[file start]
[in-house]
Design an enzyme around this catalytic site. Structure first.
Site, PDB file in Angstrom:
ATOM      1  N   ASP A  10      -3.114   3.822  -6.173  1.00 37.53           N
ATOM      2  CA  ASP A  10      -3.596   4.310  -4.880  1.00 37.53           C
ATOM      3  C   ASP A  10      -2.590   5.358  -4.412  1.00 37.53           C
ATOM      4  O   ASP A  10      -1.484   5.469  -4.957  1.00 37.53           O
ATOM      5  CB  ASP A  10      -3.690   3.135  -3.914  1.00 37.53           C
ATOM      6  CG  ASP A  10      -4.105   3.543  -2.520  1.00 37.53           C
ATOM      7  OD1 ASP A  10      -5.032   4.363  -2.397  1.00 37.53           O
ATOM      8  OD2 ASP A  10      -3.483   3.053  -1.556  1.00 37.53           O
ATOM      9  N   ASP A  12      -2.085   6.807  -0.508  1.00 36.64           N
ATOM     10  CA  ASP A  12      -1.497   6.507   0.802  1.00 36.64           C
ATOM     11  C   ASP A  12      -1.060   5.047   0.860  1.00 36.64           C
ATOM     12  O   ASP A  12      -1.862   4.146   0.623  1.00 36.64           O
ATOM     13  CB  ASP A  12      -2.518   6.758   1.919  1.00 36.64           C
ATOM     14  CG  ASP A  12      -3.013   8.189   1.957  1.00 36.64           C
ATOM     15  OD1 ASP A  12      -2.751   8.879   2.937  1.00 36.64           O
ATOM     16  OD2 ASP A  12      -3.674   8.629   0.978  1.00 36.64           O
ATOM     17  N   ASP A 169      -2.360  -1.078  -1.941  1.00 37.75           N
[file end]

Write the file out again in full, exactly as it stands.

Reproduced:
[in-house]
Design an enzyme around this catalytic site. Structure first.
Site, PDB file in Angstrom:
ATOM      1  N   ASP A  10      -3.114   3.822  -6.173  1.00 37.53           N
ATOM      2  CA  ASP A  10      -3.596   4.310  -4.880  1.00 37.53           C
ATOM      3  C   ASP A  10      -2.590   5.358  -4.412  1.00 37.53           C
ATOM      4  O   ASP A  10      -1.484   5.469  -4.957  1.00 37.53           O
ATOM      5  CB  ASP A  10      -3.690   3.135  -3.914  1.00 37.53           C
ATOM      6  CG  ASP A  10      -4.105   3.543  -2.520  1.00 37.53           C
ATOM      7  OD1 ASP A  10      -5.032   4.363  -2.397  1.00 37.53           O
ATOM      8  OD2 ASP A  10      -3.483   3.053  -1.556  1.00 37.53           O
ATOM      9  N   ASP A  12      -2.085   6.807  -0.508  1.00 36.64           N
ATOM     10  CA  ASP A  12      -1.497   6.507   0.802  1.00 36.64           C
ATOM     11  C   ASP A  12      -1.060   5.047   0.860  1.00 36.64           C
ATOM     12  O   ASP A  12      -1.862   4.146   0.623  1.00 36.64           O
ATOM     13  CB  ASP A  12      -2.518   6.758   1.919  1.00 36.64           C
ATOM     14  CG  ASP A  12      -3.013   8.189   1.957  1.00 36.64           C
ATOM     15  OD1 ASP A  12      -2.751   8.879   2.937  1.00 36.64           O
ATOM     16  OD2 ASP A  12      -3.674   8.629   0.978  1.00 36.64           O
ATOM     17  N   ASP A 169      -2.360  -1.078  -1.941  1.00 37.75           N